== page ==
$
4.7

2018
$
4.6

Thereafter
$
30.6

 
8.    INVESTMENTS:

Investments in equity method investees
Crown Imports:
Constellation Beers Ltd. (“Constellation Beers”), an indirect wholly-owned subsidiary of the Company, and Diblo, S.A. de C.V. (“Diblo”), an entity owned 76.75% by Grupo Modelo, S.A.B. de C.V. (“Modelo”) and 23.25% by Anheuser-Busch Companies, Inc., each have, directly or indirectly, equal interests in a joint venture, Crown Imports LLC (“Crown Imports”). Crown Imports has the exclusive right to import, market and sell primarily Modelo’s Mexican beer portfolio (the “Modelo Brands”) in the U.S. and Guam.

The Company accounts for its investment in Crown Imports under the equity method. Accordingly, the results of operations of Crown Imports are included in equity in earnings of equity method investees on the Company’s Consolidated Statements of Comprehensive (Loss) Income. As of May 31, 2012, and February 29, 2012, the Company’s investment in Crown Imports was $205.0 million and $176.4 million, respectively. As of May 31, 2012, the carrying amount of the investment is greater than the Company’s equity in the underlying assets of Crown Imports by $13.6 million due to the difference in the carrying amounts of the indefinite lived intangible assets contributed to Crown Imports by each party. As of February 29, 2012, the carrying amount of the investment is greater than the Company’s equity in the underlying assets of Crown Imports by $26.4 million due to the difference in the carrying amounts of the indefinite lived intangible assets contributed to Crown Imports by each party and timing of receipt of certain cash distributions from Crown Imports. The Company received $32.7 million and $59.4 million of cash distributions from Crown Imports for the three months ended May 31, 2012, and May 31, 2011, respectively, all of which represent distributions of earnings.

The following table presents summarized financial information for the Company’s Crown Imports equity method investment. The amounts shown represent 100% of this equity method investment’s results of operations.

 
For the Three Months Ended
 
May 31,
 
2012
 
2011
(in millions)
 
 
 
Net sales
$
724.1

 
$
677.5

Gross profit
$
211.2

 
$
199.6

Income from continuing operations
$
122.8

 
$
119.6

Net income
$
122.8

 
$
119.6



15


Ruffino:
Prior to the acquisition of Ruffino S.r.l. (“Ruffino”), the well-known Italian fine wine company, on October 5, 2011 (as further discussed below), the Company had a 49.9% interest in Ruffino. The Company did not have a controlling interest in Ruffino or exert any managerial control and the Company accounted for its investment in Ruffino under the equity method. Accordingly, the results of operations of Ruffino were included in equity in earnings of equity method investees on the Company's Consolidated Statements of Comprehensive (Loss) Income through October 5, 2011. In addition, prior to October 5, 2011, the Company's Constellation Wines and Spirits segment distributed Ruffino's products primarily in the U.S. Amounts purchased from Ruffino under this arrangement for the three months ended May 31, 2011, were not material. As of May 31, 2011, amounts payable to Ruffino were not material.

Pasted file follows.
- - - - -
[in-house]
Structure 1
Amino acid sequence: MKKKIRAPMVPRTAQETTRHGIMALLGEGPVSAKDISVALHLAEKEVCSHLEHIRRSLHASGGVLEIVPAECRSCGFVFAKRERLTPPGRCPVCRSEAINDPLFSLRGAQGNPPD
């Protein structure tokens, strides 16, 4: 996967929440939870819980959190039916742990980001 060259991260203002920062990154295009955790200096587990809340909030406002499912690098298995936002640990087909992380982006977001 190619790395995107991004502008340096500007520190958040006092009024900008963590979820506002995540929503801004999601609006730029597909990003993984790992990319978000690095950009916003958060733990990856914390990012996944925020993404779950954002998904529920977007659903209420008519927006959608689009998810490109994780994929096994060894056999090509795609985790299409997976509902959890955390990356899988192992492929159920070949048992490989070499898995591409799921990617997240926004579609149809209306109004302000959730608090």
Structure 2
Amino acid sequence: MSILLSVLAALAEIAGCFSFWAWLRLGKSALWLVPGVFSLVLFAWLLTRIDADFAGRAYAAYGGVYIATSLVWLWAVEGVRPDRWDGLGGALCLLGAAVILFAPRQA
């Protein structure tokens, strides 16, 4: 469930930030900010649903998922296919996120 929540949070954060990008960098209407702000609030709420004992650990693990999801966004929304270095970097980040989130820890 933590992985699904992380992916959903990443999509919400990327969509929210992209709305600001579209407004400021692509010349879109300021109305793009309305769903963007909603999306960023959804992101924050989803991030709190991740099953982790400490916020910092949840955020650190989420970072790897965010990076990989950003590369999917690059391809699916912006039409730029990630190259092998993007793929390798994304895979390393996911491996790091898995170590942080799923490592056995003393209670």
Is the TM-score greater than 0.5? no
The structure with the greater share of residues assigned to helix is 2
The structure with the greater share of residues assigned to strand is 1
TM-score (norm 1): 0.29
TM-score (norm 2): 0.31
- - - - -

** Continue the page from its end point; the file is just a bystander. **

On October 5, 2011, the Company acquired the entire remaining 50.1% interest in Ruffino for €50.3 million ($68.6 million). As a result of this acquisition, the Company assumed indebtedness of Ruffino, net of cash acquired, of €54.2 million ($73.1 million). The purchase price was financed with revolver borrowings under the Company's then existing senior credit facility. In accordance with the acquisition method of accounting, the identifiable assets acquired and the liabilities assumed have been measured at their acquisition-date fair values. The acquisition of Ruffino was not material for purposes of supplemental disclosure per the FASB guidance on business combinations. The results of operations of the Ruffino business are reported in the Company’s Constellation Wines and Spirits segment and are included in the consolidated results of operations of the Company from the date of acquisition.